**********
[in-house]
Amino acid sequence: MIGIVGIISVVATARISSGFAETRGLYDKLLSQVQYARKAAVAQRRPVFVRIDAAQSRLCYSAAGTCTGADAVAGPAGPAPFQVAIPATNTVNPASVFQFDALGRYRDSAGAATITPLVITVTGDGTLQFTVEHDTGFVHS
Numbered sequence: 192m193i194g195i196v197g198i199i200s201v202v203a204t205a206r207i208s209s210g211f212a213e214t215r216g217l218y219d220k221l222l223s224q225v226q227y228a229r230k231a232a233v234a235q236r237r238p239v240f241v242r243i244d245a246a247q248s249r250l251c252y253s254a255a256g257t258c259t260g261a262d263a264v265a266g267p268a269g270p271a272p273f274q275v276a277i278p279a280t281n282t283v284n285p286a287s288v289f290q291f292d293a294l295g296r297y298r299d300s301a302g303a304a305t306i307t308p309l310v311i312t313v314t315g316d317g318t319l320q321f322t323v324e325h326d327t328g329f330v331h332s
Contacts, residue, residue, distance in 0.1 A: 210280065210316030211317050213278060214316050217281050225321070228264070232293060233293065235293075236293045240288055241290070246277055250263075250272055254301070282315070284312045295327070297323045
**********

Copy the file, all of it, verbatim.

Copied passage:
[in-house]
Amino acid sequence: MIGIVGIISVVATARISSGFAETRGLYDKLLSQVQYARKAAVAQRRPVFVRIDAAQSRLCYSAAGTCTGADAVAGPAGPAPFQVAIPATNTVNPASVFQFDALGRYRDSAGAATITPLVITVTGDGTLQFTVEHDTGFVHS
Numbered sequence: 192m193i194g195i196v197g198i199i200s201v202v203a204t205a206r207i208s209s210g211f212a213e214t215r216g217l218y219d220k221l222l223s224q225v226q227y228a229r230k231a232a233v234a235q236r237r238p239v240f241v242r243i244d245a246a247q248s249r250l251c252y253s254a255a256g257t258c259t260g261a262d263a264v265a266g267p268a269g270p271a272p273f274q275v276a277i278p279a280t281n282t283v284n285p286a287s288v289f290q291f292d293a294l295g296r297y298r299d300s301a302g303a304a305t306i307t308p309l310v311i312t313v314t315g316d317g318t319l320q321f322t323v324e325h326d327t328g329f330v331h332s
Contacts, residue, residue, distance in 0.1 A: 210280065210316030211317050213278060214316050217281050225321070228264070232293060233293065235293075236293045240288055241290070246277055250263075250272055254301070282315070284312045295327070297323045